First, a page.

Helen and Scott Nearing, Living the Good Life
Helen and Scott were devoted to a lifestyle giving importance to work, on the one hand, and contemplation or play, on the other. Ideally, they aimed at a norm that would divide most of a day's waking hours into three blocks of four hours: "bread labor" (work directed toward meeting requirements of food, shelter, clothing, needed tools, and such); civic work (doing something of value for their community); and professional pursuits or recreation (for Scott this was frequently economics research, for Helen it was often music - but they both liked to ski, also). They clearly honored manual work, and viewed it as one aspect of the self-development process that they felt life should be.
The Nearings were experimenters and were also very widely read. They frequently quoted authors of centuries past in their own books. They found wisdom in some of the attitudes of the past, but did not feel tied to the life patterns or technologies of the past. Apart from the necessity that drove them to the land, when they sought a good life during the Depression, keys to their success in the lifestyle included intelligence, commitment, and self-discipline.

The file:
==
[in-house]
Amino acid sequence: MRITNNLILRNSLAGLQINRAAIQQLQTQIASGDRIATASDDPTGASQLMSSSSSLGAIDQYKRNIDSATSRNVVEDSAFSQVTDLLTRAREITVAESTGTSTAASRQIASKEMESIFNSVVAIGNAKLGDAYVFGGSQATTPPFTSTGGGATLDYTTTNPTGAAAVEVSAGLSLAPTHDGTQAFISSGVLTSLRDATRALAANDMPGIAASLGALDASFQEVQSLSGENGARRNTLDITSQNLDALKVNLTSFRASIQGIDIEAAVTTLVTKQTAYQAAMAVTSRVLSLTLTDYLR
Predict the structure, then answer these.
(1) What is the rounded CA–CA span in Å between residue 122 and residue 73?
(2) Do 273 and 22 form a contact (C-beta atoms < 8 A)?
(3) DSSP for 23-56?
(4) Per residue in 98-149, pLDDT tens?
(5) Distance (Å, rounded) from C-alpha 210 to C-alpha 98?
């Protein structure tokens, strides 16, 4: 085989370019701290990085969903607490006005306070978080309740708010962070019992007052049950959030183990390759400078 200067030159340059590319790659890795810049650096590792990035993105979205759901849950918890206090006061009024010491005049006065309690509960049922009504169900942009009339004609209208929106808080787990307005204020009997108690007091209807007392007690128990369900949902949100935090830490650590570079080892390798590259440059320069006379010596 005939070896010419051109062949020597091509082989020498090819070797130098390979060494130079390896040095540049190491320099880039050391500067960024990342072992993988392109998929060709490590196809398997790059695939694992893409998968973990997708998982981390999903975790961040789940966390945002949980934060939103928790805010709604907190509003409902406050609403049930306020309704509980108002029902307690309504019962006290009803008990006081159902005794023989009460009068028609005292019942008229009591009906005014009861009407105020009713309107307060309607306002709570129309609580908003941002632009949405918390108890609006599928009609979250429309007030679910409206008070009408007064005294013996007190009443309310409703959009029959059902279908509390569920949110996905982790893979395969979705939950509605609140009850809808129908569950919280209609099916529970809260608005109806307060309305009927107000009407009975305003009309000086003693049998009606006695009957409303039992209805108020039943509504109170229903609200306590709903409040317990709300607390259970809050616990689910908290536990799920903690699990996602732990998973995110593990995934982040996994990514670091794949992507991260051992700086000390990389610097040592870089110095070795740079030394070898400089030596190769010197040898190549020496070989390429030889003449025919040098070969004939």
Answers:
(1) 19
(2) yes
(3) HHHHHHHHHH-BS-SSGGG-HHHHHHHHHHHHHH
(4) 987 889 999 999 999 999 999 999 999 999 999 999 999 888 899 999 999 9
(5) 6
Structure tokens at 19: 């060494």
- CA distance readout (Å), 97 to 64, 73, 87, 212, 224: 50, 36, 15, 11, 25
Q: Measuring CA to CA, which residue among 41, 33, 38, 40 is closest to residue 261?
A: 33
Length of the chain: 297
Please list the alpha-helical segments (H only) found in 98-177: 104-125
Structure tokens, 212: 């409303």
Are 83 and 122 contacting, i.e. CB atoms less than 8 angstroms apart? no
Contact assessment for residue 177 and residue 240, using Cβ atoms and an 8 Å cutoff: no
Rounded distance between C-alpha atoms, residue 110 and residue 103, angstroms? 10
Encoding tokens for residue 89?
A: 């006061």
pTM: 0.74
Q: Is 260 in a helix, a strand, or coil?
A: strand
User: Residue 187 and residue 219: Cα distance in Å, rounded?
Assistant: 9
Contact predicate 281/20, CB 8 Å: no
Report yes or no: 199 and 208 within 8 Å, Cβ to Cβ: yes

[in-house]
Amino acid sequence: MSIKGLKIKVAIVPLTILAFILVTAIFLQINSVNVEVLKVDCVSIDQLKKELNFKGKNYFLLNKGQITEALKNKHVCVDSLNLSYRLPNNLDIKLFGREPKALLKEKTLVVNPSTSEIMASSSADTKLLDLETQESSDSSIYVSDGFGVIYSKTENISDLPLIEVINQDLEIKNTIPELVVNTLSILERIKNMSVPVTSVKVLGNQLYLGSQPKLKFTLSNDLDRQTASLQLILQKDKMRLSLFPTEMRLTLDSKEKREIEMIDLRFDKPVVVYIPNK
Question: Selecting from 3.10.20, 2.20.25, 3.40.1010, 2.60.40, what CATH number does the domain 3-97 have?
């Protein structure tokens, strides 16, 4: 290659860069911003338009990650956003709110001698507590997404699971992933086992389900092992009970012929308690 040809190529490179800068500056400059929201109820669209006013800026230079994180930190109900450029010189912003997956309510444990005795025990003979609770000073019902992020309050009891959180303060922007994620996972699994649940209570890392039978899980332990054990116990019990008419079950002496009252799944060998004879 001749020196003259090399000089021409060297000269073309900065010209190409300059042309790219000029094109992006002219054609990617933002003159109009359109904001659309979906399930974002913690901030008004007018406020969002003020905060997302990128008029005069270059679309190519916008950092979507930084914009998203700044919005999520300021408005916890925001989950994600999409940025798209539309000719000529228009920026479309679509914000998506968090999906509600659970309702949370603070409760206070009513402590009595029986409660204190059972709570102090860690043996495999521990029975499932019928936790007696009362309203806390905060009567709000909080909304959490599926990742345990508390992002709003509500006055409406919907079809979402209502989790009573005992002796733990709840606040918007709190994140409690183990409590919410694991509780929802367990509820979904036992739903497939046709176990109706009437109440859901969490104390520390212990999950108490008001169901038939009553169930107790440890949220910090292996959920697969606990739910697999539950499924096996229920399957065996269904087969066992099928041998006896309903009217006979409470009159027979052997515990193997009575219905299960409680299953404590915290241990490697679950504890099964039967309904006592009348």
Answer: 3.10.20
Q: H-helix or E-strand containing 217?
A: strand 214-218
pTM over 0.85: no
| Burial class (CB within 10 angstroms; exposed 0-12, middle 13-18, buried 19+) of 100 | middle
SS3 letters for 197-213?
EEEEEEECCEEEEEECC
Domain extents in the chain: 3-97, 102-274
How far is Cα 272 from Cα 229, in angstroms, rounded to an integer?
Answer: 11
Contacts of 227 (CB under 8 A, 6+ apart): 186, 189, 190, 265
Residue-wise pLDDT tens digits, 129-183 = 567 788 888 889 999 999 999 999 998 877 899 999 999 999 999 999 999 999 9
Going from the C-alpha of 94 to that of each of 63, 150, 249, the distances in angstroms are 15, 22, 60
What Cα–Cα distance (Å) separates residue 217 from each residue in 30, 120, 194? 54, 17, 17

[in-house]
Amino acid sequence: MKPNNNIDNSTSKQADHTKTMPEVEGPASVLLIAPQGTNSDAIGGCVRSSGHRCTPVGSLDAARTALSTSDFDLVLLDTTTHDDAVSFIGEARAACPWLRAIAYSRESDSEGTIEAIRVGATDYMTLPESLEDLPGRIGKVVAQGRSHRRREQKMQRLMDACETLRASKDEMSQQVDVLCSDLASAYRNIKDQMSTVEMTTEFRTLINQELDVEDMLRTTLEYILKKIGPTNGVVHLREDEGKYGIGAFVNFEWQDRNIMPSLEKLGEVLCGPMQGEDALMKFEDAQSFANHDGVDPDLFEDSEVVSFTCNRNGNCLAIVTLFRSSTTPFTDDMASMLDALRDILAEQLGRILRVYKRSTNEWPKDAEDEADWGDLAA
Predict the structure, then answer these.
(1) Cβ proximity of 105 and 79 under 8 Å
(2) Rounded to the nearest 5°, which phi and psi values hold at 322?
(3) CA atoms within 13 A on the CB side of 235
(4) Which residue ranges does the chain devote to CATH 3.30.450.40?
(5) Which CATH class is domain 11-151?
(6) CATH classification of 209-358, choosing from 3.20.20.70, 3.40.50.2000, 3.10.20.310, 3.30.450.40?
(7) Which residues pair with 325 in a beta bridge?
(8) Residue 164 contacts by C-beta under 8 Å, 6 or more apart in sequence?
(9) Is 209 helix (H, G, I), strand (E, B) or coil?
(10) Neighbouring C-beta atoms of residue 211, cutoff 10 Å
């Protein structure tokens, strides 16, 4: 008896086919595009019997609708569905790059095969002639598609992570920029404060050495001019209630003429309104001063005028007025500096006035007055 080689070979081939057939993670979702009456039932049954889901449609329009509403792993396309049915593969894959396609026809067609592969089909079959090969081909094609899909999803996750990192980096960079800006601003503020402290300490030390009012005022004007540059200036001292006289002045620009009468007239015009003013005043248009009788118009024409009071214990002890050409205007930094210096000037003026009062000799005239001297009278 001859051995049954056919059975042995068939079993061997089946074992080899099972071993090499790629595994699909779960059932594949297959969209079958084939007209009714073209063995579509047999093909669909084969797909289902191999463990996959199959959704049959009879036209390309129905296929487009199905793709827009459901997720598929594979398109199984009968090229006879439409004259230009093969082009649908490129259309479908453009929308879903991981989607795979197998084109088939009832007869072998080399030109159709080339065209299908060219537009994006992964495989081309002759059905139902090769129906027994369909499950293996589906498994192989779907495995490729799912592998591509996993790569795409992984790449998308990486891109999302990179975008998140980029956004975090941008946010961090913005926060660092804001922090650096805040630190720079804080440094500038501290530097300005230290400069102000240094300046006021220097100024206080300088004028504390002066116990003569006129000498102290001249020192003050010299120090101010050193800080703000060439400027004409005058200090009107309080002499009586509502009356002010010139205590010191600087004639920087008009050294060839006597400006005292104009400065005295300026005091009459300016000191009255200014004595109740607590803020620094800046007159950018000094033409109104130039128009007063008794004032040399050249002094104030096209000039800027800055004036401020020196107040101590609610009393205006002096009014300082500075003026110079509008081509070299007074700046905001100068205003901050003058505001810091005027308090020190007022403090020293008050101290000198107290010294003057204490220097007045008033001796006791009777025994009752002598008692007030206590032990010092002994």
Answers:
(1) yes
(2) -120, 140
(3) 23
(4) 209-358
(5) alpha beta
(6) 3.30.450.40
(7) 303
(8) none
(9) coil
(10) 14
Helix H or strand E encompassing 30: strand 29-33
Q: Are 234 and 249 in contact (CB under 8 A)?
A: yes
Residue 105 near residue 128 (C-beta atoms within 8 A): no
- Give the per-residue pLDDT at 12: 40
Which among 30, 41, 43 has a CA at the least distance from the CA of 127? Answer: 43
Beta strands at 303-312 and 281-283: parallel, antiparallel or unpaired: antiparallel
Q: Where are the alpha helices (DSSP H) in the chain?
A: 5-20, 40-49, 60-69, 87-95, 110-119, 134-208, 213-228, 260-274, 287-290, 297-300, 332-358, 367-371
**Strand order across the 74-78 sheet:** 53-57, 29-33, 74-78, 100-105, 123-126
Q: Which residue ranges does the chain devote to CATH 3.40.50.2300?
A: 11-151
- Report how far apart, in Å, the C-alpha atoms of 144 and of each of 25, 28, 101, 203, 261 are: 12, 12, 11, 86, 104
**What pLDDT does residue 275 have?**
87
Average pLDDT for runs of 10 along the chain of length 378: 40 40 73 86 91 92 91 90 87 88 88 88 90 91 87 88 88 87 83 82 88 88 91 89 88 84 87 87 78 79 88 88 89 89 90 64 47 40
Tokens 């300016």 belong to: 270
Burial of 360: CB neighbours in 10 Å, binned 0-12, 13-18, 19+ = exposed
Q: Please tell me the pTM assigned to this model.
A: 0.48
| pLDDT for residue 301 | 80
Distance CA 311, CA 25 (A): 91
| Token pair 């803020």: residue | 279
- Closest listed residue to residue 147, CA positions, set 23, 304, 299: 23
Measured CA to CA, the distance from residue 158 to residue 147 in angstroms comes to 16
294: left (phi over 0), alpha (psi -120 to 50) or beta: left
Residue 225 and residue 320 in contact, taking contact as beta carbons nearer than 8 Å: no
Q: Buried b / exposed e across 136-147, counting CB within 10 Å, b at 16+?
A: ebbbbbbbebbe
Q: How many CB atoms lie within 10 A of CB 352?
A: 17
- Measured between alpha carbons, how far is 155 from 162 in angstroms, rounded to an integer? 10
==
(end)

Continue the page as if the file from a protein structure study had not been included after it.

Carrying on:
Their New England climate sometimes provided as few as 100 frost-free days in a year. For people aiming at self-reliance, this was a big problem. About their subsistence crop raising, they wrote: “Our initial gardening experiences in Vermont... were conventional. We did as the neighboring natives did, planted what they did and when they did. Then we started to branch out.” [Our Sun-Heated Greenhouse, p.4] They began to experiment first with cold-frames and later with greenhouse culture; those years being distinctly different from the present time, there was virtually no personal experience with greenhouses in their area and little accessible literature on the subject.
Scott Nearing -International Vegetarian Union